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Transition to Adulthood-Community Based Housing Options for Adults with Disabilities- This Month’s Autism 200 Class

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This month’s Autism 200 Series class “Transition to Adulthood-Community Based Housing Options for Adults with Disabilities” will be held Thursday, June 16, 2016, at Seattle Children’s Hospital in Wright Auditorium from 7 to 8:30 p.m. These classes are designed for parents, teachers and caregivers. The topics associated with the majority of classes are applicable to all age ranges and for a wide variety of children diagnosed with autism. This class will be led by Vicki Isett & Pam Blanton, Community Homes, inc.

Autism Re-examined: Ethical challenges in care, support, research and inclusion

Bioethics

 This year, Seattle Children’s Annual Pediatric Bioethics Conference is focused on autism. It will be held July 22 and 23 at Bell Harbor International Conference Center in Seattle.

 

 

 

 

Some of the questions to be explored include:

  • How have changes in the way we understand autism over time influenced ethical issues in diagnosis and treatment?
  • How and why do health disparities occur in diagnosis, treatment and support, and what are the impacts? How can we reduce and ultimately eliminate disparities?
  • How can we incorporate knowledge of cross-cultural differences to provide better care for children with autism and their families?
  • What are the ethical challenges in the transition from adolescence to adulthood? How can they be addressed?
  • What are some of the ethical issues in autism research? How can research findings result in more effective care and support for children with autism?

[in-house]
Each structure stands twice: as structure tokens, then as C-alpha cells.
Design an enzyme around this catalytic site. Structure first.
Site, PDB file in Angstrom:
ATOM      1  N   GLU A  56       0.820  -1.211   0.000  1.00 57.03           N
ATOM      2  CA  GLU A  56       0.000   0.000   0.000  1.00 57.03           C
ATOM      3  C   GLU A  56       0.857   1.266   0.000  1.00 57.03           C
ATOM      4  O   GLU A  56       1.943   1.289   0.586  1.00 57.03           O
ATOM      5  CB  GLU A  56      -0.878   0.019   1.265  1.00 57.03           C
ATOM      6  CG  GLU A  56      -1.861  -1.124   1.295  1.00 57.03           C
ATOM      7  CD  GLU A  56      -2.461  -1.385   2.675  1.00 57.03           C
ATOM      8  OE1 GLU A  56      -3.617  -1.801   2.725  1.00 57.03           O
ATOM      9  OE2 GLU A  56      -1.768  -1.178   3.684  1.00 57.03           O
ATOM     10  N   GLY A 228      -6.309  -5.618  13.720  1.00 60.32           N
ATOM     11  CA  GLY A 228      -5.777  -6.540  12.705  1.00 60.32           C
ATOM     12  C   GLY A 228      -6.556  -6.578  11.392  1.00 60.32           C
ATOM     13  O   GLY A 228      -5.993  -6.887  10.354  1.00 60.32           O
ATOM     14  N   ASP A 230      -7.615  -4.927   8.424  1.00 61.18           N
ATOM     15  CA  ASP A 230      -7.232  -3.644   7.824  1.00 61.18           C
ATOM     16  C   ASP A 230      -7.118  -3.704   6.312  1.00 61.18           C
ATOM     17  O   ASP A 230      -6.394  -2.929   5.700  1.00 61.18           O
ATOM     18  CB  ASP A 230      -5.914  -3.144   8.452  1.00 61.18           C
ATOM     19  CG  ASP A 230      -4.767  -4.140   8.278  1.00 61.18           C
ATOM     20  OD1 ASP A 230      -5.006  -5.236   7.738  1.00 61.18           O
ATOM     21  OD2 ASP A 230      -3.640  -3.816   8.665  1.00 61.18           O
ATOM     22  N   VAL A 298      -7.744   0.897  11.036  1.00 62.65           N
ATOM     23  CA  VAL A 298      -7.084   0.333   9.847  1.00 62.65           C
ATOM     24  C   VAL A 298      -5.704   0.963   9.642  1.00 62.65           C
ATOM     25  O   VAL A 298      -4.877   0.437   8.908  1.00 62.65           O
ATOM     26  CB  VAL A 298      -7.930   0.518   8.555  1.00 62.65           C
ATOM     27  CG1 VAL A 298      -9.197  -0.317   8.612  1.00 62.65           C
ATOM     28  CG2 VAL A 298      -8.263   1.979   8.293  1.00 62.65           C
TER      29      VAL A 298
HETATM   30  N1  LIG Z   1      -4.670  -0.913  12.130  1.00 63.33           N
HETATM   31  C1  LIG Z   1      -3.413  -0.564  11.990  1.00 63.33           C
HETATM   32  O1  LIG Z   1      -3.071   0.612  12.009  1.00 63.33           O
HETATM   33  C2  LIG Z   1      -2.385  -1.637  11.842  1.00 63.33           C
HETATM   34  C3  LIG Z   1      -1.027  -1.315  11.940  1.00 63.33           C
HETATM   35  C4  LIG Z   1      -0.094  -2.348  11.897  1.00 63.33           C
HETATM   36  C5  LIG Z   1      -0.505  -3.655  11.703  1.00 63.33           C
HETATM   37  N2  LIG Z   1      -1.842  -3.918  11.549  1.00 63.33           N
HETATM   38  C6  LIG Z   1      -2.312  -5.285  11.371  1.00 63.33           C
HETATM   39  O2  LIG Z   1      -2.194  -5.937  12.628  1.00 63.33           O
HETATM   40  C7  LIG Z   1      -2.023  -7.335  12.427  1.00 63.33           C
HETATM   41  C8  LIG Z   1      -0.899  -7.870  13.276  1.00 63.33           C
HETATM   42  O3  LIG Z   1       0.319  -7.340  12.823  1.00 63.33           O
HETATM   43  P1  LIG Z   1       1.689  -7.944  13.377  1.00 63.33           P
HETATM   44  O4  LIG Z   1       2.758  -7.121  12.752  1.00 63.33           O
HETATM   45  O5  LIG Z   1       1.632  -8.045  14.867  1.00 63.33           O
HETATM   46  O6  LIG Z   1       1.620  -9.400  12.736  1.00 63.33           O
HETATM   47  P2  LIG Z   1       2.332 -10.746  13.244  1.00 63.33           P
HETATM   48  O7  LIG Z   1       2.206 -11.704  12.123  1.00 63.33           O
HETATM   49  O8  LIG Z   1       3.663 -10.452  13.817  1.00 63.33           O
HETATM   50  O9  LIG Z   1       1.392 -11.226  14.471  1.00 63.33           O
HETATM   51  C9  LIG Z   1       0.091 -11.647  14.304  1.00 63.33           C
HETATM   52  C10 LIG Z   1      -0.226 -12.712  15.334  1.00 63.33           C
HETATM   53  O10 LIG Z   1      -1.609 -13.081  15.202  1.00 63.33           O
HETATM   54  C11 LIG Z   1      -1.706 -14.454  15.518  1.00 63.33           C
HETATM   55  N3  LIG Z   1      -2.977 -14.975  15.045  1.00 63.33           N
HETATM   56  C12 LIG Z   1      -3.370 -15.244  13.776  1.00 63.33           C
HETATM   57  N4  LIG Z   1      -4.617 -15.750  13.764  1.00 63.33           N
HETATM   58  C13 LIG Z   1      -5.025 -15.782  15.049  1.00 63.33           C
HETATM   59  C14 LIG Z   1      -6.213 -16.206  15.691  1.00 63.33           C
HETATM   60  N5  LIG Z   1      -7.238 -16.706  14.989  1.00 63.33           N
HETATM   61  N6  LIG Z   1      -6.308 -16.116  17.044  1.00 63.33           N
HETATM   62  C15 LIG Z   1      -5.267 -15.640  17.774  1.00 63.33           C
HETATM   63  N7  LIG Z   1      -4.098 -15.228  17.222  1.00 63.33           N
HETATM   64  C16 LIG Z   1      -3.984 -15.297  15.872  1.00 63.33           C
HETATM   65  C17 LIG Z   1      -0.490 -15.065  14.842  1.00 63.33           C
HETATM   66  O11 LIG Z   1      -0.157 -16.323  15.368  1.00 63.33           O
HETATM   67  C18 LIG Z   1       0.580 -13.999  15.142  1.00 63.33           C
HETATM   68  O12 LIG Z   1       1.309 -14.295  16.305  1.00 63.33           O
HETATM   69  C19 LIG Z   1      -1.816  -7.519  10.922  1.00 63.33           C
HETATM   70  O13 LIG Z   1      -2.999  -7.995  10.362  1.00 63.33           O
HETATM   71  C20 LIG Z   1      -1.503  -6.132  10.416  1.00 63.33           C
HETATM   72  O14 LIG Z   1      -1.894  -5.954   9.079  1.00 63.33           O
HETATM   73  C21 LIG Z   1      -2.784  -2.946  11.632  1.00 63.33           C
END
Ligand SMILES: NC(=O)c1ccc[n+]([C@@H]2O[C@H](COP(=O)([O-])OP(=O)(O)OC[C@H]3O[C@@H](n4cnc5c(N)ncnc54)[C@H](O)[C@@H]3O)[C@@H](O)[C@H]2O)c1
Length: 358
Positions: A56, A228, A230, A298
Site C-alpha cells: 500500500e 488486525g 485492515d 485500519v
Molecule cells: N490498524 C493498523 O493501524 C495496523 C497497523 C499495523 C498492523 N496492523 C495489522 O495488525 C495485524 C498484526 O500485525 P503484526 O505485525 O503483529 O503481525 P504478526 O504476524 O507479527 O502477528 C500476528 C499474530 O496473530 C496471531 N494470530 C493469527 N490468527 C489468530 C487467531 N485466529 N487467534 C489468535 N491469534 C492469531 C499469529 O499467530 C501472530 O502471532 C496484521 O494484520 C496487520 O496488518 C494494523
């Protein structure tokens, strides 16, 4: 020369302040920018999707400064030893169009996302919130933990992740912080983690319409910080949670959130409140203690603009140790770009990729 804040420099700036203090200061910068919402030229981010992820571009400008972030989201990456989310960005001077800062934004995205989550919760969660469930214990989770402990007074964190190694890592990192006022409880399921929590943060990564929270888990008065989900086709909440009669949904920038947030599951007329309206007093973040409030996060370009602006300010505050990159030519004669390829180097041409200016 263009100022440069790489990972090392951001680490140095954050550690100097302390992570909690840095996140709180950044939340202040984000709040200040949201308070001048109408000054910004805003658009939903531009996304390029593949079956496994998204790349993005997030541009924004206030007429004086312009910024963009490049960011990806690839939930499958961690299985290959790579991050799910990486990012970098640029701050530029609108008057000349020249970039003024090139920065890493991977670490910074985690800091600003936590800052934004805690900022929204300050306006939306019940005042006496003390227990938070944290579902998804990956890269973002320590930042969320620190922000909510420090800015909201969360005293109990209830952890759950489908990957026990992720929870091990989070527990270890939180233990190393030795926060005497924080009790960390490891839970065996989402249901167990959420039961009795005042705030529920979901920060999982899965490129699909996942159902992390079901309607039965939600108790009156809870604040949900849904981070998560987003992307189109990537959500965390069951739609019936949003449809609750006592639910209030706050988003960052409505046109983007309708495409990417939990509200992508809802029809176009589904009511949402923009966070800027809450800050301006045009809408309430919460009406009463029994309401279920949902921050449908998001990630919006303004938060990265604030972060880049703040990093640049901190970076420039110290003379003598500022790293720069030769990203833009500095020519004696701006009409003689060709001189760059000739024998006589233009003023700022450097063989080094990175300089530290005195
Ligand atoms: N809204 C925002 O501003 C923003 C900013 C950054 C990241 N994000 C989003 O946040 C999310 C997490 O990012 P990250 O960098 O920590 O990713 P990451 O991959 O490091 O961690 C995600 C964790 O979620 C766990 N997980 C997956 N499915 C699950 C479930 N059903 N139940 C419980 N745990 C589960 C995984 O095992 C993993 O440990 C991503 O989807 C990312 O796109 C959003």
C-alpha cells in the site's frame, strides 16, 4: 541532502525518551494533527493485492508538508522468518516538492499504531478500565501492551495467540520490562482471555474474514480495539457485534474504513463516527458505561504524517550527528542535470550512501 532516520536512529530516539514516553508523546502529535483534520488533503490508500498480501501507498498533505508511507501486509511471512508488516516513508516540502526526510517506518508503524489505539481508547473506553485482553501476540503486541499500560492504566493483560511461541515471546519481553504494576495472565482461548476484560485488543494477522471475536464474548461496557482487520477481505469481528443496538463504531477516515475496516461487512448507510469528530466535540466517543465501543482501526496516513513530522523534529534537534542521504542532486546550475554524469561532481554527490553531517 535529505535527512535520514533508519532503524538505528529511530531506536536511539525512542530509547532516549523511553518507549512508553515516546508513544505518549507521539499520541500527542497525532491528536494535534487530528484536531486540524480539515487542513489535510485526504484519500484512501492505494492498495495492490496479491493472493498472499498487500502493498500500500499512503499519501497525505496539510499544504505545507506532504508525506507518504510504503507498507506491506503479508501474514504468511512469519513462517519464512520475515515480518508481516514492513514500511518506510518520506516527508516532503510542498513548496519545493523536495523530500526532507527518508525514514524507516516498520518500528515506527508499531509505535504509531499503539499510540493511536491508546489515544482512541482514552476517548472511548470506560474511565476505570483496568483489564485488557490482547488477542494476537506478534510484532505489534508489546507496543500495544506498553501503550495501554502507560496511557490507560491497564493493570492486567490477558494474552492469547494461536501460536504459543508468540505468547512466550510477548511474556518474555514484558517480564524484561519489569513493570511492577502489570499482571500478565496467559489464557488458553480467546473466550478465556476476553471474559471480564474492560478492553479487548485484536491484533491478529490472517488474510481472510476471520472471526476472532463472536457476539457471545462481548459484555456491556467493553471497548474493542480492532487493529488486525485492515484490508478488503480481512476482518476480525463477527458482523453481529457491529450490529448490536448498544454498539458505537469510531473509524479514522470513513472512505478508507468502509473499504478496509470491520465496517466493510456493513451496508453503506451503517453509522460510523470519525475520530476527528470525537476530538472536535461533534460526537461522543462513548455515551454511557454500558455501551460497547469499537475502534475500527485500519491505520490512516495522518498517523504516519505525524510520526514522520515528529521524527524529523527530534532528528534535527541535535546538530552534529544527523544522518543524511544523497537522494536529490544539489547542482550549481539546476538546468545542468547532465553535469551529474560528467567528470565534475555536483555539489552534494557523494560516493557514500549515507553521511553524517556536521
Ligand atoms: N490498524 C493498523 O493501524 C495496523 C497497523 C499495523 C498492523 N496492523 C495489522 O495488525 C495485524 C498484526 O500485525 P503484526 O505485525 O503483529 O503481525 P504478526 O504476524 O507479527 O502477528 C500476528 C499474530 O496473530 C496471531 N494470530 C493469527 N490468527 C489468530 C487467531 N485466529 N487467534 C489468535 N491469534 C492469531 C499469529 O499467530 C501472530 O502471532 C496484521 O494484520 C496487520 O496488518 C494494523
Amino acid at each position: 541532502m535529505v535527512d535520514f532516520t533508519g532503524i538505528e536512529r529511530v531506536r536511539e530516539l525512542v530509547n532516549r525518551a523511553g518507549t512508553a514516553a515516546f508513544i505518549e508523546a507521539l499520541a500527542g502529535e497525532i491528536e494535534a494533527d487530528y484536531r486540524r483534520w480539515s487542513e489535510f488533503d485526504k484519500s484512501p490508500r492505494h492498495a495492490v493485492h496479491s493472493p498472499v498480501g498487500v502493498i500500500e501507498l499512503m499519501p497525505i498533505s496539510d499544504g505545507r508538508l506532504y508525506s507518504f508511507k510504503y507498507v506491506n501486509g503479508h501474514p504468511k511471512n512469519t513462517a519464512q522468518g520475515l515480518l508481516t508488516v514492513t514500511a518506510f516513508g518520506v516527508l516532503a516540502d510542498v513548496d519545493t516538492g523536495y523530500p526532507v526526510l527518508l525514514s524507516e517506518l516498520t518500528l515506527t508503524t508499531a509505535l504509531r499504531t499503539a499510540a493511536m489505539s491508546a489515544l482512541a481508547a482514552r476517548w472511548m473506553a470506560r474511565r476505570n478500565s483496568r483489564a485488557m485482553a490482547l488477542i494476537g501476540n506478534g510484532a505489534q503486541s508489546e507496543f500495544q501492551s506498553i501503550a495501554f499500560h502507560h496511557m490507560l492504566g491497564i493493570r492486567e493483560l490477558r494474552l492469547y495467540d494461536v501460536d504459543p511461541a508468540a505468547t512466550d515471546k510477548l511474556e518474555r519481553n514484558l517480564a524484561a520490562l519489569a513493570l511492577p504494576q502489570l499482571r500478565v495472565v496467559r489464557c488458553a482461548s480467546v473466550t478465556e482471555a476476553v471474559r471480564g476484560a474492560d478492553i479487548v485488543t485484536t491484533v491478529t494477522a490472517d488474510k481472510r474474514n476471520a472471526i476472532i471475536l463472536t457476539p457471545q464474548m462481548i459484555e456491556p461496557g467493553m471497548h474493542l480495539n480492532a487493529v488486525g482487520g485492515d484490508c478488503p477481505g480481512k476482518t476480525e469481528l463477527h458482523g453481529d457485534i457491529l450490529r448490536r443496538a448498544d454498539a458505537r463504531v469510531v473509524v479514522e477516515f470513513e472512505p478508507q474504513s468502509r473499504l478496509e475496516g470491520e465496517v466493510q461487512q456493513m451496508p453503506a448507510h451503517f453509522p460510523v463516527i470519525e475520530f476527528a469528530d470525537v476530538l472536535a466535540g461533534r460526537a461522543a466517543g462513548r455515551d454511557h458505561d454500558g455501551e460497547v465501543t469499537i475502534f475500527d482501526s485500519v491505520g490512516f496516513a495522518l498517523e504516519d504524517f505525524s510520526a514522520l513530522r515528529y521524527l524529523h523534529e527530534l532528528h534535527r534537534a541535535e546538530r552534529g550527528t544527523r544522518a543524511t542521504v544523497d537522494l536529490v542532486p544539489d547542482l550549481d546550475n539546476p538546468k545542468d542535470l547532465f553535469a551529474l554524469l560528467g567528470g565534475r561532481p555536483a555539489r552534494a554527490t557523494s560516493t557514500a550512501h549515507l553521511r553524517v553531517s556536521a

For more information and to register for the conference.

 

We hope to see you there!

Autism and Folic Acid: Another Association Study

Vegetables

 

 

Quiz: Which of the following factors have been identified in association studies as increasing the risk for autism? Mark all that apply.

 

 

Rainy climates

Living near a freeway

Use of flea/tick powder

Older moms

Older dads

Close spacing between birth of children

Vitamin D deficiency

Pesticides

Selective Serotonin Reuptake Inhibitors (SSRI) use in pregnant women

All of the above

If you marked all of the above, you are correct, but get ready to add one more.

If you were anywhere near a computer or television last week, you’re aware of the buzz surrounding a new study that identifies too much folic acid in pregnant women as a risk factor for developing autism.

Folate is the naturally-occurring form of Vitamin B9 found in leafy green vegetables and other foods and folic acid is the synthetic form of this nutrient important in the role of neural tube development in fetuses. In the late 1990’s in an effort to reduce the risk of neural tube defects, folic acid was added to many processed foods such as flour, cereal, and bread and figured prominently in prenatal vitamins.

This recent study was presented at the International Meeting for Autism Research and has not yet been peer-reviewed or published in a professional journal, but it got much attention in the media. Here are links to two of the media reports:

The Atlantic

Concerns About Folate Causing Autism Are Premature

May 12, 2016 By James Hamblin

TIME

Why Fears Over Folic Acid and Autism Need to be Properly Understood

May 12, 2016 By Alexandra Sifferlin

 

Take-Away from this study

The take-away from this (and all association studies) is first to remember that association does not mean causation. This was a small study that has not yet been peer-reviewed so until it has passed through peer review and been published in a scientific journal, we should be curious but cautious. And, even after publication, we want to watch for more rigorous studies to corroborate the findings, before we feel more confident in the finding. If you have any questions about folate/folic acid, ask your health care provider for guidance.